Pak Sha O, a village in the wilds of the Sai Kung Peninsula, seems almost suspended in time. As you approach on foot – there’s no road access – trees hide it from view. Pass through these, and you see white-painted, two storey houses, mostly arrayed in terraces on gently sloping land.
Explore – quietly!, and you’ll find grassy gardens, stony ruins adjoining sturdy buildings, renovation work underway. Though it’s like a folk museum, there are homes equipped with all mod cons.
Pak Sha O was built by Hakka farmers around the mid-19th century. In the 1970s, water diversion to a new reservoir made farming tougher, and most villagers left for new lives in the city and overseas. Two old couples and a man remained by 1985, when the village looked destined to crumble. But ex-villager Mr Lau was then in the UK, and told two neighbours, “I’ve got a house you could live in. Needs a bit of work.”
The couple were Alan and Lai Sheung Pickford, who had met in Hong Kong. With Alan retiring, they were considering life overseas. Both spoke Cantonese, and they rented Mr Lau’s house. Finding it needed more work than he indicated, they added a kitchen, bathroom, and proper bedroom.
“I thought the area was like Snowdonia National Park,” the couple’s daughter, Shirley, recalls of visits to their home. “There was a lovely feeling of being right out in countryside; a complete contrast to the hurly burly of the city. You’d hear the croaking of frogs, and see fireflies – it was marvellous.”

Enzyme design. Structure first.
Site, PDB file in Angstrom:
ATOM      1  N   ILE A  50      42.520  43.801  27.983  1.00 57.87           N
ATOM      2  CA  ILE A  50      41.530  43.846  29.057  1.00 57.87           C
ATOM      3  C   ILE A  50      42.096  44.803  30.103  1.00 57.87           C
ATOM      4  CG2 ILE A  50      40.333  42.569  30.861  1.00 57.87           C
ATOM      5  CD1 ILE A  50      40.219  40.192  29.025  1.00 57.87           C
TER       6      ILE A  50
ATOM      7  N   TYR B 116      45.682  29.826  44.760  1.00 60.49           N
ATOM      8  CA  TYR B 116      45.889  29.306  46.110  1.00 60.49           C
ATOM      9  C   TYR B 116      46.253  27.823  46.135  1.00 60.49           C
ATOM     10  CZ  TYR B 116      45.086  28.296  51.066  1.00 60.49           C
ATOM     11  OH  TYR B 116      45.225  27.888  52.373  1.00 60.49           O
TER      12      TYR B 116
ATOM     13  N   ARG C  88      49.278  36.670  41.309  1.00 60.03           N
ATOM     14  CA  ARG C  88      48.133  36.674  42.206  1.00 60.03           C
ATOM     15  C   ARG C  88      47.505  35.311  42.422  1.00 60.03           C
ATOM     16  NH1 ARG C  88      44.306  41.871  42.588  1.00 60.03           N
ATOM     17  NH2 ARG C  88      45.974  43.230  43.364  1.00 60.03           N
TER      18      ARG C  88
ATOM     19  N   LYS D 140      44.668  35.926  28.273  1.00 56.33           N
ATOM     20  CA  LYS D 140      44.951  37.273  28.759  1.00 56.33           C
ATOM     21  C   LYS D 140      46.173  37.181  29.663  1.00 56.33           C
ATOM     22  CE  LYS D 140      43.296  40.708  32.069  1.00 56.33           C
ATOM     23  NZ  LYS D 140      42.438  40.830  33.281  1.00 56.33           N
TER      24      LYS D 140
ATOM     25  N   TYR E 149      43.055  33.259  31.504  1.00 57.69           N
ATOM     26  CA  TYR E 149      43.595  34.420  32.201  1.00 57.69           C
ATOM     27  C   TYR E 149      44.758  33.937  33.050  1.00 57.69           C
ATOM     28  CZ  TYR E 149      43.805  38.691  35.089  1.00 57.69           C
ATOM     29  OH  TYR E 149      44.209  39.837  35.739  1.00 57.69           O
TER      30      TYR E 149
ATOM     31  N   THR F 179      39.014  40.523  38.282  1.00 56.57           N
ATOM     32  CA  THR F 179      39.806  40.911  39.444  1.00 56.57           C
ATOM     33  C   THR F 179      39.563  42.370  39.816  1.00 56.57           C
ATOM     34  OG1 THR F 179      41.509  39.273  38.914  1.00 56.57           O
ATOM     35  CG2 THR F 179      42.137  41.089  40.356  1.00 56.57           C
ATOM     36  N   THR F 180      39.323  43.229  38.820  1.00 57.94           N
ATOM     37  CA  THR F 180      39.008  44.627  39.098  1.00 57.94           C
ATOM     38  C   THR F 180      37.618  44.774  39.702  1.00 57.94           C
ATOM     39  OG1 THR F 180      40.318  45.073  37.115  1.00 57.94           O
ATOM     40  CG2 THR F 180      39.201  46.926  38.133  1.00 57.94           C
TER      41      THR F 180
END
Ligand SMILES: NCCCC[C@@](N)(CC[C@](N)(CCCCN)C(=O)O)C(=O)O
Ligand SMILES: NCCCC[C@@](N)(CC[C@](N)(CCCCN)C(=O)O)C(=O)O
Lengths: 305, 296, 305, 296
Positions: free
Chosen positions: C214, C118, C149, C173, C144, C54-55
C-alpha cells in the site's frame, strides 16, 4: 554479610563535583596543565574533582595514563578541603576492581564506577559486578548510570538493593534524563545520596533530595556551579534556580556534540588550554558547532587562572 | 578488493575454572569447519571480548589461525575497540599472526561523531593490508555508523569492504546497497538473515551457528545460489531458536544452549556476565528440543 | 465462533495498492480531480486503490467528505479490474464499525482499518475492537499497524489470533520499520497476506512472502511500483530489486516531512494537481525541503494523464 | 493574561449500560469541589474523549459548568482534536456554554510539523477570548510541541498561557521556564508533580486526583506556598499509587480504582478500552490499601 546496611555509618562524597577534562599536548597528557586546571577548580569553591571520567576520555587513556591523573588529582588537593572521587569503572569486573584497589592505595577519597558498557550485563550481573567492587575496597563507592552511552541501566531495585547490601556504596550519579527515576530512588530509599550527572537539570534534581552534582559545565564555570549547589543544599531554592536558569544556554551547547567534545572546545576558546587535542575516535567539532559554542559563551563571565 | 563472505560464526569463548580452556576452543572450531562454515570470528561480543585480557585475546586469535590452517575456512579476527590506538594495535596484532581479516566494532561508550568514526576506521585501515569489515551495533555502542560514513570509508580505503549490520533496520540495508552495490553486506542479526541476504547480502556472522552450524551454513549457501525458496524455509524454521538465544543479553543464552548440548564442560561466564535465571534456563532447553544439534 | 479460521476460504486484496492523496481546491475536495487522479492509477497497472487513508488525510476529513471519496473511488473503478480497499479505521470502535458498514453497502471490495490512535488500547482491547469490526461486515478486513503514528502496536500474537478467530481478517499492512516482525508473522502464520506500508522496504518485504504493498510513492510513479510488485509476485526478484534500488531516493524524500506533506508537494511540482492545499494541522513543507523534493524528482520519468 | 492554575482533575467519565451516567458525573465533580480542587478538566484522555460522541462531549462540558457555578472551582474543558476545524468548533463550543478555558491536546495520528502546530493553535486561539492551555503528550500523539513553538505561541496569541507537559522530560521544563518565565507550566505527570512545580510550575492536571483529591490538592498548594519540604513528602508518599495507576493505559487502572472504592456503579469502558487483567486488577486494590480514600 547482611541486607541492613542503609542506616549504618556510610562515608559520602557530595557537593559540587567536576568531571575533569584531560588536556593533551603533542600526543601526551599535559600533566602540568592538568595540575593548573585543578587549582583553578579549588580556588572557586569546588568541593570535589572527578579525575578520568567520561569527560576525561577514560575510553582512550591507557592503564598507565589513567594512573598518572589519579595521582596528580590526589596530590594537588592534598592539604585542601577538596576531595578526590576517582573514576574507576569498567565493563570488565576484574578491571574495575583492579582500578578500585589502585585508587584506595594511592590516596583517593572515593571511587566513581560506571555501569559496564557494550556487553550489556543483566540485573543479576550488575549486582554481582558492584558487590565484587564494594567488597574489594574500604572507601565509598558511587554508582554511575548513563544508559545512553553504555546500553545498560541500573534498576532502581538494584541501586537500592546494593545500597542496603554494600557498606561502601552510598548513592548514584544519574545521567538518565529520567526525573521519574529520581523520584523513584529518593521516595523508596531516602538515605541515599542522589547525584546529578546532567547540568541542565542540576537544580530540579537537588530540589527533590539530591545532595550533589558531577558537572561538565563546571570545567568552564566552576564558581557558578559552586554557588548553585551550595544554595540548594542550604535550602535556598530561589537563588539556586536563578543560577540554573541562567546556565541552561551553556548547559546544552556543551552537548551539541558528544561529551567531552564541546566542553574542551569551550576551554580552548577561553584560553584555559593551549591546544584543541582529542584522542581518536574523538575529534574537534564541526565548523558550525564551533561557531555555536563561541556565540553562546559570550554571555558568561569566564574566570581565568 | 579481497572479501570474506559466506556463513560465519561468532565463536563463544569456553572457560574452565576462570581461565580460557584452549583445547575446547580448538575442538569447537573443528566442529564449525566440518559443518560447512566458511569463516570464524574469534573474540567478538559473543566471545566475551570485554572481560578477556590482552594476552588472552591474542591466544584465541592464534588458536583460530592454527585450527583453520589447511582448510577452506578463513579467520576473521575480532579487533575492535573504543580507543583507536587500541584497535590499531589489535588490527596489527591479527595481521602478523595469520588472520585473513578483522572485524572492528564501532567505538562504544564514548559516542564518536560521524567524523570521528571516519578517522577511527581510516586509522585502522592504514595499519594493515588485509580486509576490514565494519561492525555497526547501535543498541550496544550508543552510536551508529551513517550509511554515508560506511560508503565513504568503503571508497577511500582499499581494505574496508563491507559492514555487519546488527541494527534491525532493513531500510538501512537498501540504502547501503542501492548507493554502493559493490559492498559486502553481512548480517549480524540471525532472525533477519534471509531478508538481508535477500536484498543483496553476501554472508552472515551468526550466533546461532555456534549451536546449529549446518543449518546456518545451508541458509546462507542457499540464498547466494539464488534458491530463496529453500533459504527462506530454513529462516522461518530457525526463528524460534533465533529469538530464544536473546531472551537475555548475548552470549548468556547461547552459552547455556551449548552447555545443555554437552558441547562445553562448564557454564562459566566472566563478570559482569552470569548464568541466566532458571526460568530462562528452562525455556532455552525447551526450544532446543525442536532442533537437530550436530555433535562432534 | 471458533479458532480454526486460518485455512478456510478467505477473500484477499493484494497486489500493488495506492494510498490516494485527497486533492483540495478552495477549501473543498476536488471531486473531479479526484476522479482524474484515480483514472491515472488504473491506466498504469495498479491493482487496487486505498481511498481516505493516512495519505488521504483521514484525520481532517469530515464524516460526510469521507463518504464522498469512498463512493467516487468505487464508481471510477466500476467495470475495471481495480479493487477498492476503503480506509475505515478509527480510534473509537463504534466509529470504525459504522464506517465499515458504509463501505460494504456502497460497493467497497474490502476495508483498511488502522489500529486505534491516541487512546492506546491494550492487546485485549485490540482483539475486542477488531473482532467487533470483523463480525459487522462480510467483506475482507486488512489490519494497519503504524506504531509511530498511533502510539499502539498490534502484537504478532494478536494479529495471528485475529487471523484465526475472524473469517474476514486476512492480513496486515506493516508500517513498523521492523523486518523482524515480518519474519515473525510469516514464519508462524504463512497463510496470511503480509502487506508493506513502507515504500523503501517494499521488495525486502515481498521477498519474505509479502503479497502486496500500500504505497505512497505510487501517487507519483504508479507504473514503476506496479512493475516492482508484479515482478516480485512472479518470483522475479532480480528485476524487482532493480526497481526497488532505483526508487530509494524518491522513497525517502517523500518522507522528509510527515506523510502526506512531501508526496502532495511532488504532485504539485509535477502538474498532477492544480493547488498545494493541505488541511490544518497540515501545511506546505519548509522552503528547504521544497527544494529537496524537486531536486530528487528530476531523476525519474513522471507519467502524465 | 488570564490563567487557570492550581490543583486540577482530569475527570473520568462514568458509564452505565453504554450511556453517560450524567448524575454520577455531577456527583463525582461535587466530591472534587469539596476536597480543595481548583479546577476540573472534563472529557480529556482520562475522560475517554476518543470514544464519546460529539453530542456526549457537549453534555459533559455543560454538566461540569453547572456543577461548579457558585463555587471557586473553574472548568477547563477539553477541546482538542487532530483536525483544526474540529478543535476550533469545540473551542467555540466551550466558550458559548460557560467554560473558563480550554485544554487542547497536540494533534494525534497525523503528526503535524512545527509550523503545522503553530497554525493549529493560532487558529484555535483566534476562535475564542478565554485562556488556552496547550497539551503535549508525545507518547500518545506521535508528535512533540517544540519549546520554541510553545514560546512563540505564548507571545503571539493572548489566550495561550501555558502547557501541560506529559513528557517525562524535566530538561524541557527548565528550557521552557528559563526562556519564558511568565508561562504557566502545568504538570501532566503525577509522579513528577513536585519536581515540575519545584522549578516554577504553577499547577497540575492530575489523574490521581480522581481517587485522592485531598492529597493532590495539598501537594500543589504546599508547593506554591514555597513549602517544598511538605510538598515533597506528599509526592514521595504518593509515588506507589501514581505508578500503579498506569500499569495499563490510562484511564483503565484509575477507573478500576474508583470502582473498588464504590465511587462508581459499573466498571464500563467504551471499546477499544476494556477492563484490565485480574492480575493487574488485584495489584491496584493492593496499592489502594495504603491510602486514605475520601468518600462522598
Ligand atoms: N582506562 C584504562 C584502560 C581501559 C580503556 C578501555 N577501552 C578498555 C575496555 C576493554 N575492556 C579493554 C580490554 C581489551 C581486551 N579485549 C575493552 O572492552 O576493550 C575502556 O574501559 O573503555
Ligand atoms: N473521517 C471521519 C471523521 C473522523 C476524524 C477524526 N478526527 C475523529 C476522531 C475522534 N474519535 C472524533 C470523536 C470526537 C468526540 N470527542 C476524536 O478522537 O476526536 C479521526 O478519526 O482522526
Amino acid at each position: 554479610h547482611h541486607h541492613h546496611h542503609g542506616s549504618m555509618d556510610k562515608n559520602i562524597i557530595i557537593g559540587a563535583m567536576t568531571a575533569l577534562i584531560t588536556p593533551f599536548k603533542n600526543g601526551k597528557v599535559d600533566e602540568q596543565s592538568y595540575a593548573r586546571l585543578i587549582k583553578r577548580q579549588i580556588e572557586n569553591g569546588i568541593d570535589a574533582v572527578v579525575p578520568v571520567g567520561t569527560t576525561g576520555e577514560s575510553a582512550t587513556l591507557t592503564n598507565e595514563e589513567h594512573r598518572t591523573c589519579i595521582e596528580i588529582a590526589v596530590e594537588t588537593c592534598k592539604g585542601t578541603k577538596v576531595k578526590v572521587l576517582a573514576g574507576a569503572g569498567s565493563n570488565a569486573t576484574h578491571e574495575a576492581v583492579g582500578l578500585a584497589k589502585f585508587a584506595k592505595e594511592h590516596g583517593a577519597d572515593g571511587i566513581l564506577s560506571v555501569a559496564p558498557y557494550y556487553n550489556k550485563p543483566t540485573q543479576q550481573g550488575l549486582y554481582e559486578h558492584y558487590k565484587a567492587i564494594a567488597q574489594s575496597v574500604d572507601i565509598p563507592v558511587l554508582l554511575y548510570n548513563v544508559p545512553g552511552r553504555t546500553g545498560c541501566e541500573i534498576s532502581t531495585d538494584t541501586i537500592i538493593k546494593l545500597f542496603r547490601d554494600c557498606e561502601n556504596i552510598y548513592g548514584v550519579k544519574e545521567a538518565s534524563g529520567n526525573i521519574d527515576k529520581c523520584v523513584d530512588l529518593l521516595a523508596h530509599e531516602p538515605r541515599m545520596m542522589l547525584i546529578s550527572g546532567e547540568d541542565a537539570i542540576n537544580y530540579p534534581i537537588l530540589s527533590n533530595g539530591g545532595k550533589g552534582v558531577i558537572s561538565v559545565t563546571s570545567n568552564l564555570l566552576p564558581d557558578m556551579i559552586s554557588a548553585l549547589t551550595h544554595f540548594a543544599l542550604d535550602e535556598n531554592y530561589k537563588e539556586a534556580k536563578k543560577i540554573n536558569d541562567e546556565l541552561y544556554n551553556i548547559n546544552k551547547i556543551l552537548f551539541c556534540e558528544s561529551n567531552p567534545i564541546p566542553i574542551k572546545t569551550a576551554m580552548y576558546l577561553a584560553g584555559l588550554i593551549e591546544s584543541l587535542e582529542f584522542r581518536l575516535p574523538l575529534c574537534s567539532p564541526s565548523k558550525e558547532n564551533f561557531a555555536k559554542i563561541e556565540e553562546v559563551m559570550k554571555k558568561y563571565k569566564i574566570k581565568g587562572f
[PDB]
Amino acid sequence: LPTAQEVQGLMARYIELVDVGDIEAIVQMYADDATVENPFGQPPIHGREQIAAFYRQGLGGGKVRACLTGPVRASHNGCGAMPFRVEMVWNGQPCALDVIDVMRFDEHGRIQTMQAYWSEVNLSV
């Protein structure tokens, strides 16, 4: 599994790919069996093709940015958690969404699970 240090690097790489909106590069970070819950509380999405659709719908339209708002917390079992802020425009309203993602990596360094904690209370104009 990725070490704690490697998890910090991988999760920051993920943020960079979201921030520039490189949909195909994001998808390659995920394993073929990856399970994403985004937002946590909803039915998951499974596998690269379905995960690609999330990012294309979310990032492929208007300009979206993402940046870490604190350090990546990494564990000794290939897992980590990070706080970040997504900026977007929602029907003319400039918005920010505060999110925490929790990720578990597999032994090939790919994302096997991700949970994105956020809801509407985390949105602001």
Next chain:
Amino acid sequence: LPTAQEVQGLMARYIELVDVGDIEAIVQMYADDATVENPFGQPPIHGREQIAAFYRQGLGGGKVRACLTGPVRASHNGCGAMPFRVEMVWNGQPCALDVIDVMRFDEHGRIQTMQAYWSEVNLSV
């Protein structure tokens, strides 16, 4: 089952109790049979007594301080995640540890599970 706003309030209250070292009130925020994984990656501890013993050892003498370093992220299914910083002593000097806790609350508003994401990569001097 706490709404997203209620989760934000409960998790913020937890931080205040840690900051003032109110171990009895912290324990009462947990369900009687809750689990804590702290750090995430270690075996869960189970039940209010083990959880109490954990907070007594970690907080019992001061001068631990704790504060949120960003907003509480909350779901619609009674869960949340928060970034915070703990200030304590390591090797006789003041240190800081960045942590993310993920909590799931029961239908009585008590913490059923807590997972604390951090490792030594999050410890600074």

By 1995, when uncertainties over Hong Kong’s future prompted the Pickfords to leave, other outsiders were moving in. American Tom Goetz signed the lease Mr Lau’s house before he even saw it; and on first arriving thought, “Wow – terrific!” Though Goetz has since lived elsewhere at times, he and wife Lauralynn are among the 21 current residents.
Around 15 minutes’ walk away, all that remains of a sibling hamlet, Pak Sha O Ha Yeung, is an impressive family house with adjacent ancestor’s hall, maintained by a Briton, Toby Emmett. He first rented as a holiday house in 1980, and began living there after retiring, in 1998. “I’ve hiked much of Hong Kong, and this is one of the last unspoiled valleys,” he says.
The tranquillity may be swept away, as a developer has bought parcels of land, and there are plans for hundreds of houses at Pak Sha O and nearby. But there is growing support for conservation, including from some former villagers. “We appreciate what Toby has done with this house,” says Kenneth Yung, who was born in Ha Yeung, and is among family members renting to Emmett. “I hope we can keep the environment,” he adds.
Historian Patrick Hase, among the premier chroniclers of life in the New Territories, agrees. “I consider Pak Sha O and Ha Yeung to be two of the finest villages in the New Territories, and well worth preserving,” he says via email. “The whole Pak Sha O area is just superb.”